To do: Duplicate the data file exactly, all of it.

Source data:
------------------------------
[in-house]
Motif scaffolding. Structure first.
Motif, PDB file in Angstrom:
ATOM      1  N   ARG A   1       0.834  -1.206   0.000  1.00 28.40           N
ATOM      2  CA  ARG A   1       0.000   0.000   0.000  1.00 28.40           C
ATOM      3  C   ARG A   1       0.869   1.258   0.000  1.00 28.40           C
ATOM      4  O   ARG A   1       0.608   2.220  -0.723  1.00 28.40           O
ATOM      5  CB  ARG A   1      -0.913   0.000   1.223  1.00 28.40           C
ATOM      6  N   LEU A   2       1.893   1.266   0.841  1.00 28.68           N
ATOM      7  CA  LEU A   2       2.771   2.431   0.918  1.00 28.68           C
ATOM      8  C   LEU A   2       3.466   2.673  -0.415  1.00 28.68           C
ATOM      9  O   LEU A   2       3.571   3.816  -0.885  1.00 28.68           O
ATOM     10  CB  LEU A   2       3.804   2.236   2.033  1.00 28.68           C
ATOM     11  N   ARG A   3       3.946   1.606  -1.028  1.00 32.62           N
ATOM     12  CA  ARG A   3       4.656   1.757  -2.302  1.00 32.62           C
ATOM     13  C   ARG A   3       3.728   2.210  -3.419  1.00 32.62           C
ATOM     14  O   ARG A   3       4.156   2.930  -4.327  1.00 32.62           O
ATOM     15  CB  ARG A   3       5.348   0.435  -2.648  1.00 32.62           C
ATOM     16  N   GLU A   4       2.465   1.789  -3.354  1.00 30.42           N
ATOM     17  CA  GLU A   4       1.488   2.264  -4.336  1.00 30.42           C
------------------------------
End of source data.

[in-house]
Motif scaffolding. Structure first.
Motif, PDB file in Angstrom:
ATOM      1  N   ARG A   1       0.834  -1.206   0.000  1.00 28.40           N
ATOM      2  CA  ARG A   1       0.000   0.000   0.000  1.00 28.40           C
ATOM      3  C   ARG A   1       0.869   1.258   0.000  1.00 28.40           C
ATOM      4  O   ARG A   1       0.608   2.220  -0.723  1.00 28.40           O
ATOM      5  CB  ARG A   1      -0.913   0.000   1.223  1.00 28.40           C
ATOM      6  N   LEU A   2       1.893   1.266   0.841  1.00 28.68           N
ATOM      7  CA  LEU A   2       2.771   2.431   0.918  1.00 28.68           C
ATOM      8  C   LEU A   2       3.466   2.673  -0.415  1.00 28.68           C
ATOM      9  O   LEU A   2       3.571   3.816  -0.885  1.00 28.68           O
ATOM     10  CB  LEU A   2       3.804   2.236   2.033  1.00 28.68           C
ATOM     11  N   ARG A   3       3.946   1.606  -1.028  1.00 32.62           N
ATOM     12  CA  ARG A   3       4.656   1.757  -2.302  1.00 32.62           C
ATOM     13  C   ARG A   3       3.728   2.210  -3.419  1.00 32.62           C
ATOM     14  O   ARG A   3       4.156   2.930  -4.327  1.00 32.62           O
ATOM     15  CB  ARG A   3       5.348   0.435  -2.648  1.00 32.62           C
ATOM     16  N   GLU A   4       2.465   1.789  -3.354  1.00 30.42           N
ATOM     17  CA  GLU A   4       1.488   2.264  -4.336  1.00 30.42           C